By stating that you comply with GDPR, LGPD, CCPA, and VCDPA, you can reduce friction for customers who are considering other options and become perceived as a safe haven. Not only will this encourage them to remain with you, but it may also prompt them to refer your business to others who are seeking reliable alternatives.
PS: as a Mouseflow user, you can feel content to know that you comply with all data privacy regulations.
Good user experience leads to a stronger brand connection
Your website accounts for the majority, if not all, of the touchpoints with yours. It is where they search for a product/service, read an article to improve their knowledge on your topic, find solutions to problems they have, and much more. It is only expected that your website is the first impression they get of your brand. First impressions last. So make it count. Positive user experience on your website is a leading indicator of a positive brand connection. Let’s see how to roll out the red carpet and welcome them to your website.
In the physical world, it is very straightforward to put yourself in the customers’ shoes: you simply walk into your own store to notice the wires hanging and that kids can’t reach the candy at the checkout. Online it is different. We drown in numbers, but the understanding is often not there. You can look at Google Analytics all you want, but you won’t notice that for a subset of your users, the chatbot bubble is actually covering the most important call to action on that page. Traditional web analytics tools were simply not designed for that.
Behavior Analytics, on the other hand, will help you make sure all the relevant customers are met with exactly the best experience you had in mind for them and build a connection.
SEO builds trust
SEO is a cost-effective way to market your business. By optimizing your website and content for search engines, you can attract targeted traffic to your site without having to pay for ads. This can be especially important during a recession when budgets are tight.
Going back to the topic of trust – by having a website that ranks high in search results, people are more likely to trust your business and see you as an authority in your industry.
SEO focuses on optimizing your website to attract targeted traffic from search engines. Web behavior analytics helps you understand your audience’s behavior once they arrive on your site. By analyzing metrics like bounce rate, time on page, and conversion rates, you can identify areas for improvement and make changes to your website that will better meet the needs of your audience.
In combination with web behavior analytics, this can become your powerful revenue driver.
Learn more about how behavior analytics can help you with SEO.
Paid channels don’t need to spend more during a recession
In times of recession, businesses need to be smart with their spending to maintain profitability and growth. With budgets shrinking, it is crucial to make every penny count by identifying and targeting the right audience and focusing on channels that drive revenue.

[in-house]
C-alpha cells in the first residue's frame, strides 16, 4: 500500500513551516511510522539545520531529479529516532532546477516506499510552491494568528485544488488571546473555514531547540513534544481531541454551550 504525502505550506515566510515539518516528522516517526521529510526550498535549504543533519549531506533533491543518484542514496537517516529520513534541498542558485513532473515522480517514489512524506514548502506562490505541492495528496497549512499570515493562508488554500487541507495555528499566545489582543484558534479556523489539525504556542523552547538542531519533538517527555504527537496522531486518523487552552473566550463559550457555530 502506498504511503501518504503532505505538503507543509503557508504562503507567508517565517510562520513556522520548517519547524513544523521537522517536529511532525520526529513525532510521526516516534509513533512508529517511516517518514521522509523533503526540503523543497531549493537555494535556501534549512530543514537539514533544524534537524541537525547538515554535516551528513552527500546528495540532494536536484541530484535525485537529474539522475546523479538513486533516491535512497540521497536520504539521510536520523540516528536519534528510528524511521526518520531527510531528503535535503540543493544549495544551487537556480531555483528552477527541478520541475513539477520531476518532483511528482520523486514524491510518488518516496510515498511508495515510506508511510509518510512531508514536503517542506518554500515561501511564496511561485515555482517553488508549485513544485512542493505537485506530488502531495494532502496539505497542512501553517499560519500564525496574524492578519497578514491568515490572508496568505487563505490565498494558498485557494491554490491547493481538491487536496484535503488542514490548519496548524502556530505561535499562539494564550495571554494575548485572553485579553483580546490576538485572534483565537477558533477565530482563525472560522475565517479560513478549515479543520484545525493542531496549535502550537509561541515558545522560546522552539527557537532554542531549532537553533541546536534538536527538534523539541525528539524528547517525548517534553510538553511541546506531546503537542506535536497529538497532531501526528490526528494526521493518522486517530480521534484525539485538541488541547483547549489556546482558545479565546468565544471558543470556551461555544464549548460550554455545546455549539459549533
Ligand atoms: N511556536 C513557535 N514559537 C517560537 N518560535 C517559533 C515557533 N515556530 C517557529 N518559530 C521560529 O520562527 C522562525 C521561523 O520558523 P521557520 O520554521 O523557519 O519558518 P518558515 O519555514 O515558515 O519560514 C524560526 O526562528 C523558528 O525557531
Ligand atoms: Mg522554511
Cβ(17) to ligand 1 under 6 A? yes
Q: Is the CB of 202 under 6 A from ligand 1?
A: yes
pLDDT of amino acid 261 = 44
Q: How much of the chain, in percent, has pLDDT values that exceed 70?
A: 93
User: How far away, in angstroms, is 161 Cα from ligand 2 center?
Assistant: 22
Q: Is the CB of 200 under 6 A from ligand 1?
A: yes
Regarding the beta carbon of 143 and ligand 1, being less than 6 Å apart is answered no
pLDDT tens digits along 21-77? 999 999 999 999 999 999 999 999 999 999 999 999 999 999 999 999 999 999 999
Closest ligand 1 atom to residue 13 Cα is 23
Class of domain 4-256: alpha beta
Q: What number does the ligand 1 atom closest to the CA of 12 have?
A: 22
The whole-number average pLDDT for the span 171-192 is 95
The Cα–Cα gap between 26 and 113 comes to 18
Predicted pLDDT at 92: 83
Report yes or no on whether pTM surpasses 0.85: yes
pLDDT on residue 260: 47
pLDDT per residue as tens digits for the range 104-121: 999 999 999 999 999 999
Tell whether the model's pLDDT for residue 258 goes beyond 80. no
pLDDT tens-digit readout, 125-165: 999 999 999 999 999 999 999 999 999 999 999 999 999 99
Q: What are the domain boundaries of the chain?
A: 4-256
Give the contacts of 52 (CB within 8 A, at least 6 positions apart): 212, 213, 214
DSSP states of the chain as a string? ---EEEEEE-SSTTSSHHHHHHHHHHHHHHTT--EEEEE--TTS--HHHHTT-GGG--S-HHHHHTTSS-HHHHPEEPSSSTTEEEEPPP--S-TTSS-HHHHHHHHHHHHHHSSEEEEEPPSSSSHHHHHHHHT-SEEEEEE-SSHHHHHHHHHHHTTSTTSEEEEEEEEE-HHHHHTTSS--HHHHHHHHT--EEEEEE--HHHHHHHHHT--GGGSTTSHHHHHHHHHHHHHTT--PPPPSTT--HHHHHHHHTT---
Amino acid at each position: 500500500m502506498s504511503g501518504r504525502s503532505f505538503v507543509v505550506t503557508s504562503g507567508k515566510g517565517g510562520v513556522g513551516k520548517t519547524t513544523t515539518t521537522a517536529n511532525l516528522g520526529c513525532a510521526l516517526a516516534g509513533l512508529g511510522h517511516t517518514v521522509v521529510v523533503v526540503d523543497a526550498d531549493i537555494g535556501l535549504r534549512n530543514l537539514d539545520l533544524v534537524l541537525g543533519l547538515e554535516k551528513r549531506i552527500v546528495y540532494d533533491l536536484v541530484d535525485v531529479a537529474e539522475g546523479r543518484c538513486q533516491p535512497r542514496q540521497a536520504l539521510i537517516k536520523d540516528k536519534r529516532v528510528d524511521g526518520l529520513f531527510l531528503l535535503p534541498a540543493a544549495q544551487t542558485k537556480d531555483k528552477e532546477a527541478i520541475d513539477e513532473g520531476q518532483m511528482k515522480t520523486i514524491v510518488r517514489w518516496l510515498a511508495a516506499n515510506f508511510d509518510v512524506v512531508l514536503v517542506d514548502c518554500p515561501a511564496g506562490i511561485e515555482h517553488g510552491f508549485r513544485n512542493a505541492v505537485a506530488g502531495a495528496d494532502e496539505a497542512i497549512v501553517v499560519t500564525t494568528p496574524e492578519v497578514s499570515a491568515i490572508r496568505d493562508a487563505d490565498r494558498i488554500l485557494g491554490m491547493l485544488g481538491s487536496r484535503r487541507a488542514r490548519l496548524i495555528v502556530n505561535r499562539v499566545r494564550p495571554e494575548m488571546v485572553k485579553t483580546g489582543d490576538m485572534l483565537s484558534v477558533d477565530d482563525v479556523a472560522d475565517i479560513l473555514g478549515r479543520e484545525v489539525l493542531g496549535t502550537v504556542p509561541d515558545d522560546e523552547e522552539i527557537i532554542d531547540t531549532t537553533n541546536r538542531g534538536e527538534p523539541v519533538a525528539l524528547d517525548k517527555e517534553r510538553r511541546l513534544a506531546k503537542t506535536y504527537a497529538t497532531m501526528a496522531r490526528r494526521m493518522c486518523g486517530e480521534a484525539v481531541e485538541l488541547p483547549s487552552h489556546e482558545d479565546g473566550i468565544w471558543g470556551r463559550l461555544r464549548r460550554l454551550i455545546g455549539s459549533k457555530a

Remember that campaign optimizations don’t finish on platforms with bids, keywords, and audiences. You’re delivering a whole experience on your landing page and need not overlook the importance of optimizing that experience as well. A high-converting landing page should be visually appealing, easy to navigate, and provide clear calls to action. It should also be optimized for speed and for mobile devices. By continuously testing and improving the landing page experience, businesses can maximize the return on their advertising investment and drive more conversions no matter the platform.
For example, getting more out of your Google Ads doesn’t mean spending more. You can do Google Ads optimization beyond Google’s reports and take a more holistic approach by incorporating Behavior Analytics insights into it.
Apart from Google Ads, or paid search in general, it is also important to consider other paid channels, such as social media ads, email marketing campaigns, and affiliate marketing programs. Again, the key is to optimize these channels based also on the data that you collect through behavior analytics. By monitoring your results closely, you can make adjustments to your campaigns to ensure that you are driving the most revenue possible.
By leveraging web behavior analytics to optimize your Google Ads campaigns and targeting your efforts to the right audience, you can get the most out of your advertising budget, even during tough economic times.
Recessions are tough. A lot of changes are very fast and one needs to be prepared. The businesses that thrive in a recession are those whose customers are so satisfied and connected to a brand they don’t even consider switching.
For you that means focusing on building strong brand connections through meaningful website experience is a key factor in surviving the recession. When it is over and the economy is roaring again you will be ahead of your competitors stronger and readier than ever.